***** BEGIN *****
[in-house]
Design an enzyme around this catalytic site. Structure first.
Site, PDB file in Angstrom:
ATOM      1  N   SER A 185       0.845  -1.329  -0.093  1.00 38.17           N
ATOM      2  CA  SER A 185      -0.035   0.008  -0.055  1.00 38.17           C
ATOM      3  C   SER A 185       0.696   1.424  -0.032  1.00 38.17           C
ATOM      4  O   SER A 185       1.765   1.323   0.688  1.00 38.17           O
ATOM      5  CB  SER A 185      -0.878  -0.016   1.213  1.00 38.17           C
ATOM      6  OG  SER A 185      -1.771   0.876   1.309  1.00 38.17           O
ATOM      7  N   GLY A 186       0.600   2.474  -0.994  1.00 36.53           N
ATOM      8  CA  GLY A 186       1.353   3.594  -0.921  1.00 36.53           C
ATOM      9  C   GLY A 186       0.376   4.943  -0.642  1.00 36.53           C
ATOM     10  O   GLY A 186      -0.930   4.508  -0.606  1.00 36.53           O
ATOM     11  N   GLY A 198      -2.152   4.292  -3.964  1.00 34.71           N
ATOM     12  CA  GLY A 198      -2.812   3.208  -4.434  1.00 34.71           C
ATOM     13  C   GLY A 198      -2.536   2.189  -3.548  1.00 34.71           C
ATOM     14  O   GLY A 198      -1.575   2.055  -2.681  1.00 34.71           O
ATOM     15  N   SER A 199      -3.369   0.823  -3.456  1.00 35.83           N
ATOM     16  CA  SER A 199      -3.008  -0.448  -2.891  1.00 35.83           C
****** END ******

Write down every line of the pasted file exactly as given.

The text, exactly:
[in-house]
Design an enzyme around this catalytic site. Structure first.
Site, PDB file in Angstrom:
ATOM      1  N   SER A 185       0.845  -1.329  -0.093  1.00 38.17           N
ATOM      2  CA  SER A 185      -0.035   0.008  -0.055  1.00 38.17           C
ATOM      3  C   SER A 185       0.696   1.424  -0.032  1.00 38.17           C
ATOM      4  O   SER A 185       1.765   1.323   0.688  1.00 38.17           O
ATOM      5  CB  SER A 185      -0.878  -0.016   1.213  1.00 38.17           C
ATOM      6  OG  SER A 185      -1.771   0.876   1.309  1.00 38.17           O
ATOM      7  N   GLY A 186       0.600   2.474  -0.994  1.00 36.53           N
ATOM      8  CA  GLY A 186       1.353   3.594  -0.921  1.00 36.53           C
ATOM      9  C   GLY A 186       0.376   4.943  -0.642  1.00 36.53           C
ATOM     10  O   GLY A 186      -0.930   4.508  -0.606  1.00 36.53           O
ATOM     11  N   GLY A 198      -2.152   4.292  -3.964  1.00 34.71           N
ATOM     12  CA  GLY A 198      -2.812   3.208  -4.434  1.00 34.71           C
ATOM     13  C   GLY A 198      -2.536   2.189  -3.548  1.00 34.71           C
ATOM     14  O   GLY A 198      -1.575   2.055  -2.681  1.00 34.71           O
ATOM     15  N   SER A 199      -3.369   0.823  -3.456  1.00 35.83           N
ATOM     16  CA  SER A 199      -3.008  -0.448  -2.891  1.00 35.83           C